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California schools $20M solar project - Page 2

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Posted by Michael A. Terrell on June 1, 2010, 4:14 pm
 

vaughn wrote:

   Harbor Freight sells several panels & systems. They do mail order and
have a lot of retail stores in the US.

<http://www.harborfreight.com/catalogsearch/result/index/?category=&q=solar&limit2>


--
Anyone wanting to run for any political office in the US should have to
have a DD214, and a honorable discharge.

Posted by z on June 1, 2010, 4:49 pm
 


OUCH! the larger panels there are 6-8 dollars a watt

Posted by Joerg on June 1, 2010, 6:00 pm
 z wrote:

Much better deals to be had:

(Amazon.com product link shortened)

But I guess schools must buy at a union shop and use union labor to
install, so ...

--
Regards, Joerg

http://www.analogconsultants.com/

"gmail" domain blocked because of excessive spam.
Use another domain or send PM.

Posted by vaughn on June 1, 2010, 6:45 pm
 

(Amazon.com product link shortened)
That is still $.00 per watt, and then you STILL have to pay for shipping.
There are far better deals to be had, but shipping can be a deal killer.(See
http://sunelec.com/  )

My point was that you can probably find several places within driving distance
to buy (say) roofing materials, but you will be lucky to find even one place
that stocks a variety of PV panels.  That one place will have no completion, so
no reason to offer you the best deal.   When you buy a heavy/bulky item from a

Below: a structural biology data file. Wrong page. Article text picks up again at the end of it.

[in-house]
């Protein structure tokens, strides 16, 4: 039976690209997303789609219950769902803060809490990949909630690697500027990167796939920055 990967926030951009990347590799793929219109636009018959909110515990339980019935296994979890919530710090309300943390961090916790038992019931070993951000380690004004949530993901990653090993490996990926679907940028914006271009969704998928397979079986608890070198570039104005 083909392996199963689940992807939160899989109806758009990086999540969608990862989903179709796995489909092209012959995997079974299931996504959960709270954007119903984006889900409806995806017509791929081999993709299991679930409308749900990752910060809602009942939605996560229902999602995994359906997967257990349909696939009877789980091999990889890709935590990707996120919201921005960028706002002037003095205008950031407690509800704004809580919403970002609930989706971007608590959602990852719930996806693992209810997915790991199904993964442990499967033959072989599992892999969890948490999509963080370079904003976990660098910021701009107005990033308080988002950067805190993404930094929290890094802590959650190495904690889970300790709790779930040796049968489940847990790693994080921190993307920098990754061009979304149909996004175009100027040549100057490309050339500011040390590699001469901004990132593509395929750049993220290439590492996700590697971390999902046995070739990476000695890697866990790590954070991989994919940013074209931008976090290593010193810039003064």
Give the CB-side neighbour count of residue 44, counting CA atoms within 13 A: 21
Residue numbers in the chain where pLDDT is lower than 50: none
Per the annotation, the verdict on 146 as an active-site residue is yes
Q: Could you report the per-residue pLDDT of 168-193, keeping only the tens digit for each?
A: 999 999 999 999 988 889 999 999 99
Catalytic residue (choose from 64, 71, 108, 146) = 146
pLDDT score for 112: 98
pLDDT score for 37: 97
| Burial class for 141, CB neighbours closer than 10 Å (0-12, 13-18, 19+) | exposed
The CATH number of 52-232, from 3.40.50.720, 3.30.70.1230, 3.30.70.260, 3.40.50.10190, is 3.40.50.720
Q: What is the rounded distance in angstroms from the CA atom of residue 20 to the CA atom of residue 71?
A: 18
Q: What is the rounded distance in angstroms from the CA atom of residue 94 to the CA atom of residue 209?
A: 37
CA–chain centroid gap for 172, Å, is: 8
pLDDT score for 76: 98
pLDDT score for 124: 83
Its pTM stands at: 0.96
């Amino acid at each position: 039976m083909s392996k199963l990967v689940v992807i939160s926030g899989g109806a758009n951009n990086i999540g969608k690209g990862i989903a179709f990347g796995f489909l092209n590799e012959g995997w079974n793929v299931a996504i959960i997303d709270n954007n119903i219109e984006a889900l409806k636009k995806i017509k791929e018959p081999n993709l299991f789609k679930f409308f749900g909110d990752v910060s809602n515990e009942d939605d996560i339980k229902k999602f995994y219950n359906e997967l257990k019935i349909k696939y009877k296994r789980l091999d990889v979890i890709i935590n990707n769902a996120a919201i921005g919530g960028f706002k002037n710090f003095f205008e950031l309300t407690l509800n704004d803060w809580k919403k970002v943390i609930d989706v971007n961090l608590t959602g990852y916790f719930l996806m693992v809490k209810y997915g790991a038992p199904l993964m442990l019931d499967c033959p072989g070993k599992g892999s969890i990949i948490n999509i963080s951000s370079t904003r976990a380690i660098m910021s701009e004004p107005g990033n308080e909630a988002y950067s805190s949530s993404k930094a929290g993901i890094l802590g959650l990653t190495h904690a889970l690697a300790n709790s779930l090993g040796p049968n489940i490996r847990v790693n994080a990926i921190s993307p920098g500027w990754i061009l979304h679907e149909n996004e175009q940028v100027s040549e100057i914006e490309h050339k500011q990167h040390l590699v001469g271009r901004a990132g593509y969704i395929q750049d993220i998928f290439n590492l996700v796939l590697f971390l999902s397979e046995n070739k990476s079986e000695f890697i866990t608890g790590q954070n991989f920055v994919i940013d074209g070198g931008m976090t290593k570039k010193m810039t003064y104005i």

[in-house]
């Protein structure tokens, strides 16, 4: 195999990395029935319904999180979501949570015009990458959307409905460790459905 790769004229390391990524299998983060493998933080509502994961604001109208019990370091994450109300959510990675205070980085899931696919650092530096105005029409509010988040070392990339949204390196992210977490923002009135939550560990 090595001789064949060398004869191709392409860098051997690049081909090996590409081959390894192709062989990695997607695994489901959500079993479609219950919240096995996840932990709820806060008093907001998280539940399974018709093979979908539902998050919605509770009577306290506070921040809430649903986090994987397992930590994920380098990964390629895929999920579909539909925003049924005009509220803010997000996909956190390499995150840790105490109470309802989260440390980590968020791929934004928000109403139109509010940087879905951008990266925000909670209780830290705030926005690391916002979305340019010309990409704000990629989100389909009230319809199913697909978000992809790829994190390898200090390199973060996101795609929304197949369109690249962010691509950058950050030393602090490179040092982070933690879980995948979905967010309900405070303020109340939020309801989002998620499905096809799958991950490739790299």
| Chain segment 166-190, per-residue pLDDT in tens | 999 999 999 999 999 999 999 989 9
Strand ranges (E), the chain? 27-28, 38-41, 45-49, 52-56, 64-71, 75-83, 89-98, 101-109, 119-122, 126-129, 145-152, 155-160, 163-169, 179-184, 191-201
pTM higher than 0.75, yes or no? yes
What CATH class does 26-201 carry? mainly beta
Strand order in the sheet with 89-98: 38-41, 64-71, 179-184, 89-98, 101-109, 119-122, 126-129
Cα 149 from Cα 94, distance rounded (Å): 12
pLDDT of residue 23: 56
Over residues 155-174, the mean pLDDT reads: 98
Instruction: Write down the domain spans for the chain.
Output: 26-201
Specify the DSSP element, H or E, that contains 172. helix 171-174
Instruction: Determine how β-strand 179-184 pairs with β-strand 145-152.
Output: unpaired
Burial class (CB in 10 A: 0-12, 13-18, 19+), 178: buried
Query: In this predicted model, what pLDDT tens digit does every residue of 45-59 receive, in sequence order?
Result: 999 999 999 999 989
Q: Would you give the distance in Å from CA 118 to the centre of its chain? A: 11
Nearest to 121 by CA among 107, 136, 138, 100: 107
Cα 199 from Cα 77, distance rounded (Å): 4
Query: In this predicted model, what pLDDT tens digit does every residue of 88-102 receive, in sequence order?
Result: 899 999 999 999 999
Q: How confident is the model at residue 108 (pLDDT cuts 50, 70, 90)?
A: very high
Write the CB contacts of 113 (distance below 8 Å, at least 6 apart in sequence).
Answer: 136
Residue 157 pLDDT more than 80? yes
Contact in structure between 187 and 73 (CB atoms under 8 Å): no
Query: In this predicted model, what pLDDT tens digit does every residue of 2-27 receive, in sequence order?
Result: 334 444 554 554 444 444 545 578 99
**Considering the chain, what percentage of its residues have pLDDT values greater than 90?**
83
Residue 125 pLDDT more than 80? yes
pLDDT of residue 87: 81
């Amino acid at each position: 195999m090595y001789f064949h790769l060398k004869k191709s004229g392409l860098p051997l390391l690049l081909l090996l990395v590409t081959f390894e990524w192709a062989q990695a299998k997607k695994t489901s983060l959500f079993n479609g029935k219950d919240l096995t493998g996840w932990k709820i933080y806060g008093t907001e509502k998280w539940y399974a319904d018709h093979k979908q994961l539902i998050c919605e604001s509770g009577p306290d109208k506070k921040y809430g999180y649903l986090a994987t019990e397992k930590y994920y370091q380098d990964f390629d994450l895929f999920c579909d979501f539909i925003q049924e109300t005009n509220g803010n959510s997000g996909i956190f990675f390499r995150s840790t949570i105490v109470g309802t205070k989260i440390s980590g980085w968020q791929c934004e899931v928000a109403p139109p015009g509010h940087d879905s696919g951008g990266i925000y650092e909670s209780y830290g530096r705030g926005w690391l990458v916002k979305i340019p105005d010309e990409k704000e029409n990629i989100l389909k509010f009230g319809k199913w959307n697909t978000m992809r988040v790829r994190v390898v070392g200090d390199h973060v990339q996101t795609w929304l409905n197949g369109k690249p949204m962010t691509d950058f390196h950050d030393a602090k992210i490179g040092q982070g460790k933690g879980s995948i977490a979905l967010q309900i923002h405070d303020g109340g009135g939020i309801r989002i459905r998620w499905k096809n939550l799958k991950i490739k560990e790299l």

local vender, it has likely arrived by the pallet load via a bulk shipper.  Then
you just pick it up and take it home, or pay a small amount to have your order
delivered the "last mile"..  When you buy that same heavy/bulky item from a
remote retailer, they have to custom pack it, and then send you your order via
an expensive retail shipper.  That huge expense at the end of the distribution
chain KILLS any economy of scale that may have occurred earlier.  The consumer
will rarely get a fair shake until an item truly becomes part of the mass
market.

Vaughn



Posted by Martin Brown on June 1, 2010, 7:00 pm
 On 01/06/2010 19:00, Joerg wrote:

Some element of price gouging unless they are fancy ones.

(Amazon.com product link shortened)

$/W is about where it starts to get interesting. But PV is pretty much
a none starter economically unless you get some kind of install grant
and a ludicrous price for the electricity generated. And yes there are
fraudsters "generating" way more "solar" electricity than the PV array
they installed could possibly manage (even on cloudy days). It took the
suits in charge of the green refunds a while to catch on...

One thing I will say was that I was surprised how well they did on on a
cold clear winters day in the UK. The cold more or less compensated for
the low angle sun and the array managed nearly 50% of rated output.

Regards,
Martin Brown

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